If you were born after 1980, chances are very good that you've never attended a film screening at a drive-in movie theater. The concept of enjoying a movie outdoors, in the comfort of one's own vehicle, reached the zenith of its popularity in the 1950s and 1960s, with drive-in theaters once making up roughly 25% of movie houses in the U.S. Unfortunately, drive-ins began experiencing a sharp decline in the 1970s, with things only getting worse with every following decade. As of 2013, drive-ins make up a mere 1.5% of available theaters in the U.S.
Well, just when you may have thought that the drive-in theater was marching toward extinction, retro restaurant chain Johnny Rockets has stepped in to try and breathe new life into the long thought dead concept. The company has entered a partnership with drive-in theater company USA Drive-Ins, with the intent being to open up 200 brand new drive-ins by 2018. As part of the deal, many of these new theaters will be accompanied by a Johnny Rockets drive-thru restaurant, complete with the '50s aesthetic that the chain is famous for.
Customers will be able to either order and pick up their food at the Johnny Rockets counter, or have their orders delivered directly to their cars during the show. Each theatrical showing is expected to accommodate between 500 and 700 cars, or somewhere between 1,200 and 2000 moviegoers. Johnny Rockets' plan will nearly double the amount of drive-in theaters in the U.S., with only about 300 currently in operation across the country. Sadly, there are no plans to have food served by rollerskating waitresses.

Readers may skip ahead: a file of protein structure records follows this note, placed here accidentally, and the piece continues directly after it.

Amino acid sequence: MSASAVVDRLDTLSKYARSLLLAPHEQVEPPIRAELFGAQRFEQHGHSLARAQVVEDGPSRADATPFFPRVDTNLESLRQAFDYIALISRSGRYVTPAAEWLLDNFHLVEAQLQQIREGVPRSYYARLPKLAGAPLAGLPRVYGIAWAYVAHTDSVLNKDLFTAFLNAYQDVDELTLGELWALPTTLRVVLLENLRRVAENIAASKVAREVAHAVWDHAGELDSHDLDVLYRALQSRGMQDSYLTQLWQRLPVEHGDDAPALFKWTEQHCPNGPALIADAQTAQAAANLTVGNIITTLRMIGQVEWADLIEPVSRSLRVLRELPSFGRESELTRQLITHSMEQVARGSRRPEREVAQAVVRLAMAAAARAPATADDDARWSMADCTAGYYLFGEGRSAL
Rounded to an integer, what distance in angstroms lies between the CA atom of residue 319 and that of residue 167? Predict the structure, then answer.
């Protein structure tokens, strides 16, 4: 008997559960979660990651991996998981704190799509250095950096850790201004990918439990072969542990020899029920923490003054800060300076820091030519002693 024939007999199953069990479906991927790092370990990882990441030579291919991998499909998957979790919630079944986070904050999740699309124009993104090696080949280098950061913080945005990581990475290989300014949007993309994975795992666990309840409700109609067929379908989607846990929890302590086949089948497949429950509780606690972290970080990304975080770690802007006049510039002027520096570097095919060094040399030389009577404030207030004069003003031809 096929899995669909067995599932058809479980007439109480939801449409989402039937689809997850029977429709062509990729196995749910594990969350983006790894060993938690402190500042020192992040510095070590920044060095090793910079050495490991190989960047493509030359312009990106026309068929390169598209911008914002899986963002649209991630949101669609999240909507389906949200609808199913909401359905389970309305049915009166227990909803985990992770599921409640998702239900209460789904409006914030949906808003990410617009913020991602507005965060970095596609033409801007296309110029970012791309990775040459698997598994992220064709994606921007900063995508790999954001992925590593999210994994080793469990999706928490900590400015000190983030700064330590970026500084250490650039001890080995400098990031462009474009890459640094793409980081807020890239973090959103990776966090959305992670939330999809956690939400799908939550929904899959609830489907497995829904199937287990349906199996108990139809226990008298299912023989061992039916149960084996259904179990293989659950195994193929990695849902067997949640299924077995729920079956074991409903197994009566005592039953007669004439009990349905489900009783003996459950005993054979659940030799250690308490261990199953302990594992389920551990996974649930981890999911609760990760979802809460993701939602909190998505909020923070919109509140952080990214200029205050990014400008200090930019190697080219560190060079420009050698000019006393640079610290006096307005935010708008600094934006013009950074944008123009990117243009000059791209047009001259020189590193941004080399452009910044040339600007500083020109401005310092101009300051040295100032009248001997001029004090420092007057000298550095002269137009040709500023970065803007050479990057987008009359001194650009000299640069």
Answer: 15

Check out some concept art below:
Prices at Johnny Rockets' drive-in theaters will also be a bit less than modern patrons are used to, with the likely adult admission price to all showings being between $6 and $7. Child tickets will only run a cost of $3 per. Of course, the real profit margin here would likely come from the food viewers buy during the movie, a reality that Johnny Rockets executives aren't even pretending to hide.
As the company's chief development officer James Walker says: "The drive-through is the cake, the drive-in [theater] is the icing."
Will Johnny Rockets' new drive-in venture lead to the resurrection of a once-cherished cultural staple? We won't get the answer to that question until all the theaters get up and running, but it's a bit hard to imagine a full-blown drive-in renaissance taking place.
Still, 3D was once thought to be a dead gimmick too, and it found its way back to theatrical prominence. Who knows? Maybe in a few years we'll all be watching Star Wars Episode VIII from our cars while yelling at the couple next to us to stop making so much noise.
Source: Bloomberg Business Week